This story originally appeared on RNZ and is republished with permission
Tongan MPs have been asked to explain why they unanimously passed a constitutional amendment which some people warn could deny women a right to justice.
Clause 89A of the constitution, which requires judges to consider custom and tradition in their rulings, was passed without going to public consultation.
The move has been strongly criticised by the Tonga Law Society.
The director of the Women and Children Crisis Centre, Ofakilevuka Guttenbeil-Likiliki, says they are gravely concerned.
She said rape, sexual assault, domestic violence cases could be hijacked by so-called ‘traditions and practices.’
“All the hard work we have been doing, lobbying for the Family Protection Act, we are currently lobbying for an amend ment to the rape laws under the definition of rape. We are lobbying for and advocating for harassment policies through the public service, and then to have something like this come out of the blu, I think it is really disappointing that parliament didn’t take due diligence,” Ms Guttenbeil Likiliki said.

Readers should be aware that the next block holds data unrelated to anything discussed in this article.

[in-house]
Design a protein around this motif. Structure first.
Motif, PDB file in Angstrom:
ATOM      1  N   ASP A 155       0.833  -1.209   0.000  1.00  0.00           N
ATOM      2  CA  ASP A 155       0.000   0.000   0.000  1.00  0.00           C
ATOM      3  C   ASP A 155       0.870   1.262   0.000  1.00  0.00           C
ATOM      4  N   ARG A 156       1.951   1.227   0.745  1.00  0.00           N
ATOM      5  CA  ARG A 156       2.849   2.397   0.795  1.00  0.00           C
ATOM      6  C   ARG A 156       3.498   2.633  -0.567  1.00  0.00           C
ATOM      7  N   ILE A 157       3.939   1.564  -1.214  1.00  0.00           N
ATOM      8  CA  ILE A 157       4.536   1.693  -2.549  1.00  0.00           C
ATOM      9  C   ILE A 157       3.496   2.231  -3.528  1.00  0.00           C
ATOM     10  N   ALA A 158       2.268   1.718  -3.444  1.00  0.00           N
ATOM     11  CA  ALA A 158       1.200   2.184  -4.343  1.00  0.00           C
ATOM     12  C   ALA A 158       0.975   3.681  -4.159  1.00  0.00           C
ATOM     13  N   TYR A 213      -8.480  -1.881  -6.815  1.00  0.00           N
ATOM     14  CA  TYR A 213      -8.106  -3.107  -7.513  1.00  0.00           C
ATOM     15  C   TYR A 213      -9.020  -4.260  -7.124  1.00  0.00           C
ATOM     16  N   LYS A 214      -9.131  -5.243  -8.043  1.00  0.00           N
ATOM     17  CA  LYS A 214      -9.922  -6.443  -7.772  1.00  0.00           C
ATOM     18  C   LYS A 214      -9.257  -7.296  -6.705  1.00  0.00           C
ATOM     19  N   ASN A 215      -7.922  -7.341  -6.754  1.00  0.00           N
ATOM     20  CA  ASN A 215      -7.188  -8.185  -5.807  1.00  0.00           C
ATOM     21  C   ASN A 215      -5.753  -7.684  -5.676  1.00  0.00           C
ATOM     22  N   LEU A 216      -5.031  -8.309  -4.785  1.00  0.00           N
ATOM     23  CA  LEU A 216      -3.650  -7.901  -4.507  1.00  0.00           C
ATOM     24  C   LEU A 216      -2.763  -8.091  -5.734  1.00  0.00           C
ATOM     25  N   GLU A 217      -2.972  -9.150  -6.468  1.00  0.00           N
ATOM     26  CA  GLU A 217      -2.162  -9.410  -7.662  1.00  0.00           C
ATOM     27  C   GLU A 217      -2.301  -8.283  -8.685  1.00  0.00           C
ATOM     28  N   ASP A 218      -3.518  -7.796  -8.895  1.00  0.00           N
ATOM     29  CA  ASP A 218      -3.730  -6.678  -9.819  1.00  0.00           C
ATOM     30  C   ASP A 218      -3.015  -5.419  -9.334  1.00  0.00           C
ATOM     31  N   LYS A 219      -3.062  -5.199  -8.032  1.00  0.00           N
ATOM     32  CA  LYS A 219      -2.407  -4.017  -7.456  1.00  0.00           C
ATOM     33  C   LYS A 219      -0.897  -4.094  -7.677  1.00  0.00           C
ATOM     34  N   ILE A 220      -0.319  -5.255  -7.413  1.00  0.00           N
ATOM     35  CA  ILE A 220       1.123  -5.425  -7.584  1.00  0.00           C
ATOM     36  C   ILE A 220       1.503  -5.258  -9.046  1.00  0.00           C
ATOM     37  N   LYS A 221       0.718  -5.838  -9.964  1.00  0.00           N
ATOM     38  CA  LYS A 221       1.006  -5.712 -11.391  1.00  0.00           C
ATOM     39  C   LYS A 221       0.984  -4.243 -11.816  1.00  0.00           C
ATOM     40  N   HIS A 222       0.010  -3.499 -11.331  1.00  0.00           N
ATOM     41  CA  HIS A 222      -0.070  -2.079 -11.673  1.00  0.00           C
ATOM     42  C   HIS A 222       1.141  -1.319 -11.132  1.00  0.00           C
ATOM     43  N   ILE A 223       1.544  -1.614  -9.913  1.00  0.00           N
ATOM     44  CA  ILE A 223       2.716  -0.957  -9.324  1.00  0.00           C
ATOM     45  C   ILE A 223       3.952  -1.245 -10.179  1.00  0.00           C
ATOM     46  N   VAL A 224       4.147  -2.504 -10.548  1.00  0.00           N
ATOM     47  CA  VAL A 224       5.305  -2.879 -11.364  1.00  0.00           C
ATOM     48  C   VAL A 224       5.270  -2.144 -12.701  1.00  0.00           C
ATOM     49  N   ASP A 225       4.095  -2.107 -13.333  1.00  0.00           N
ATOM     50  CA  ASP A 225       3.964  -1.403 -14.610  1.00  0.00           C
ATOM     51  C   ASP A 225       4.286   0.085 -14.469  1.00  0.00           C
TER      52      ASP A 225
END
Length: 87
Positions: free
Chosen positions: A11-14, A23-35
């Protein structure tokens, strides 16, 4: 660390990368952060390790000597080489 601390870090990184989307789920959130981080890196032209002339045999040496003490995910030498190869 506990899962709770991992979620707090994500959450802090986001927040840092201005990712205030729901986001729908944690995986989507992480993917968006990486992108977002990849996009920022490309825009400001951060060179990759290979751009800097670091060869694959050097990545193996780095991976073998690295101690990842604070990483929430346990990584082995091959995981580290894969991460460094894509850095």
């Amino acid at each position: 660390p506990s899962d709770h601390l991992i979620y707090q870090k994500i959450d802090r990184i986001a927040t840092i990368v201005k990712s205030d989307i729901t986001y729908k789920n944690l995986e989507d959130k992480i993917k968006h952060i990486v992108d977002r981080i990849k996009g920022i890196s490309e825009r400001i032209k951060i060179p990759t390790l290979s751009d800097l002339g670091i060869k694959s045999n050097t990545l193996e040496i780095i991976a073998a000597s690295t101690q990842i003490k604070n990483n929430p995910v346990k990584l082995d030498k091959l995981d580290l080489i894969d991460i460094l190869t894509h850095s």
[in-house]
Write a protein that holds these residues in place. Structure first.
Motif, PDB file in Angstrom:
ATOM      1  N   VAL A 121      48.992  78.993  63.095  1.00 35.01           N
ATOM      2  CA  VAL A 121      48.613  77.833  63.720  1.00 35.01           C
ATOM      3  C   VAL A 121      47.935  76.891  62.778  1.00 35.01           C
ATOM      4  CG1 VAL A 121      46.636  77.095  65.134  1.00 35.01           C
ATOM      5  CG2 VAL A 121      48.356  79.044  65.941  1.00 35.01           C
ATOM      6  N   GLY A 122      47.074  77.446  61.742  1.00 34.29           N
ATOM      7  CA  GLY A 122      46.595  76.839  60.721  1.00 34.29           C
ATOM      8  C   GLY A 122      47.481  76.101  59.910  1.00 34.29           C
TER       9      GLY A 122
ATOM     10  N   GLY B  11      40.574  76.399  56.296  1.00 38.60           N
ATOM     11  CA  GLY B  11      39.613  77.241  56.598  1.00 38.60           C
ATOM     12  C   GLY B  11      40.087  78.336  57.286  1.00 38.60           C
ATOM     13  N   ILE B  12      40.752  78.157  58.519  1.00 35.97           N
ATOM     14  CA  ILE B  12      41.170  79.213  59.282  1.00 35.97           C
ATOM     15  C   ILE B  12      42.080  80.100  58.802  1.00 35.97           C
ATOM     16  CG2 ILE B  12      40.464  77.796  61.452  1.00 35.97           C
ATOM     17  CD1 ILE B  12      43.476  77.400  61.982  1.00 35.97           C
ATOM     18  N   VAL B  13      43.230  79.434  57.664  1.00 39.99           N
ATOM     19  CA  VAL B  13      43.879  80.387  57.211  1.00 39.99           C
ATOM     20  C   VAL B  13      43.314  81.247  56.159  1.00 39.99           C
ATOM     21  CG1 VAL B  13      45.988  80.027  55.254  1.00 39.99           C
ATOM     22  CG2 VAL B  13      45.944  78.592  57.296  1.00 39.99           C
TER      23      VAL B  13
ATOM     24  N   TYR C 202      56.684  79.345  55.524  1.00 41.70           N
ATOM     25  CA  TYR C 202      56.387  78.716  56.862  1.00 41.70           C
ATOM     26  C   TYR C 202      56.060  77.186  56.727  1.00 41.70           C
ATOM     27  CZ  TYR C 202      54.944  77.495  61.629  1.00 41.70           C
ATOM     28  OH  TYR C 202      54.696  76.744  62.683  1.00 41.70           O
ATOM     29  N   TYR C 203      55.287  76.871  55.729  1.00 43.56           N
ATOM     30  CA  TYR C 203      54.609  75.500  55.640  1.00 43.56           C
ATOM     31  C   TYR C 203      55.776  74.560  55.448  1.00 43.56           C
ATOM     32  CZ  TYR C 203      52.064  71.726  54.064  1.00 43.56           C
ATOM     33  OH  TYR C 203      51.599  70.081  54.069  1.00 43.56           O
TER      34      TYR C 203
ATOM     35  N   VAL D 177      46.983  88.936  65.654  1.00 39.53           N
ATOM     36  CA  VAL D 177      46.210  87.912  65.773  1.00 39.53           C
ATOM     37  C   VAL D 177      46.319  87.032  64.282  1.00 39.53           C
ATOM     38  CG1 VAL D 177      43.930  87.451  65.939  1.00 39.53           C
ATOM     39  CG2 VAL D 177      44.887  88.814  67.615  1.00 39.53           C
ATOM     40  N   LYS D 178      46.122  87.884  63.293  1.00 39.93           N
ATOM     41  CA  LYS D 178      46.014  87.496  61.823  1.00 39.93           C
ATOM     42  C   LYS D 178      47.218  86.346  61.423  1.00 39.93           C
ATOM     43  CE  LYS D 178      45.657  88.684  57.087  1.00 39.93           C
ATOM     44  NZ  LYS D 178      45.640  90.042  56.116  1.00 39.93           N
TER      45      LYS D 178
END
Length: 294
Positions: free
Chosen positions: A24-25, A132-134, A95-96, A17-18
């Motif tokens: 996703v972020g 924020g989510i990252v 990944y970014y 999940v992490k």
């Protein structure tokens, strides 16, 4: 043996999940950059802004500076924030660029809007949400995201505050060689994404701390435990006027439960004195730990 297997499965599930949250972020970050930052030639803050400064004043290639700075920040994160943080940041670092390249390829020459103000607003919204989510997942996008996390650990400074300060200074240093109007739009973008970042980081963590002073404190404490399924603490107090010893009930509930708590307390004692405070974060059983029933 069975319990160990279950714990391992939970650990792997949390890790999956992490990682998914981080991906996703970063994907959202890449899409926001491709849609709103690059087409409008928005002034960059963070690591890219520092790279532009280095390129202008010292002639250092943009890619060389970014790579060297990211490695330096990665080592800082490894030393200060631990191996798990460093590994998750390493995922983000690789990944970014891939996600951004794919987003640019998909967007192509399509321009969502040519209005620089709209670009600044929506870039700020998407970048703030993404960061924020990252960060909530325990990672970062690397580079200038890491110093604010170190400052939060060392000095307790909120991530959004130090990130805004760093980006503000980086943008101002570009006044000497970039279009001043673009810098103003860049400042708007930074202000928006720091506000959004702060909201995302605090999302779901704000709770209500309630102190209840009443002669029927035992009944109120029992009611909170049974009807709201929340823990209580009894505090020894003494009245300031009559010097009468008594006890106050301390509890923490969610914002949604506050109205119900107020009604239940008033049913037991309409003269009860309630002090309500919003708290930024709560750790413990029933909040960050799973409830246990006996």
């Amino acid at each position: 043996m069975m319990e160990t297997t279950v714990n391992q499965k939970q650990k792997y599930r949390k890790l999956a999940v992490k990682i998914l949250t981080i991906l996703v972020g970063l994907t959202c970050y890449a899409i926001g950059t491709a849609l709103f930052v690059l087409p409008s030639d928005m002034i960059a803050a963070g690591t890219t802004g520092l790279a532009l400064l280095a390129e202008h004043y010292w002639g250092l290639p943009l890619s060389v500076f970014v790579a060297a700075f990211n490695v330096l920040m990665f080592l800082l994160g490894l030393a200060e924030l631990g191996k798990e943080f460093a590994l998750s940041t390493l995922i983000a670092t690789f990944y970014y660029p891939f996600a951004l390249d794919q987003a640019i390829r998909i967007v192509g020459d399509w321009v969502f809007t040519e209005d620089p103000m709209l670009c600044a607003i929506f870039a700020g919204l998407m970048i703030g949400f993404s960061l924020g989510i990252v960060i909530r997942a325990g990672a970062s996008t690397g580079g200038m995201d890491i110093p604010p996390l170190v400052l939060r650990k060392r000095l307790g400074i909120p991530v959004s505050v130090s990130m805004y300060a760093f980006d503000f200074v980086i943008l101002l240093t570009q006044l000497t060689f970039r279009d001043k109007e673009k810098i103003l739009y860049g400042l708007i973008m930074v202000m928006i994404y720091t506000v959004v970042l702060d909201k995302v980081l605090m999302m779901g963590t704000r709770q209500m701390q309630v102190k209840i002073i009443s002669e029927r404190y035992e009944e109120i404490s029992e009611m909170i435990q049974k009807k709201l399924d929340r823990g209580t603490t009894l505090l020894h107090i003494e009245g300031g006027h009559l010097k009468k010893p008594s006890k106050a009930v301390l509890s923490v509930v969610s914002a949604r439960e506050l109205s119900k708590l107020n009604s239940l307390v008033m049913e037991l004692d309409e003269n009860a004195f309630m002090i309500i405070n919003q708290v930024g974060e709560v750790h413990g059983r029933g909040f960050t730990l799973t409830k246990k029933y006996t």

She feared how this would impact on their work to stop sexual and domestic violence.
“How is this defined. Is the taking of pigs and traditional mats to apologise to the victims’ families, is that going to be considered a traditional practice and value, and therefore undermine the woman’s access to justice by reducing the penalties that the perpetrator could face in the sentencing?” she said.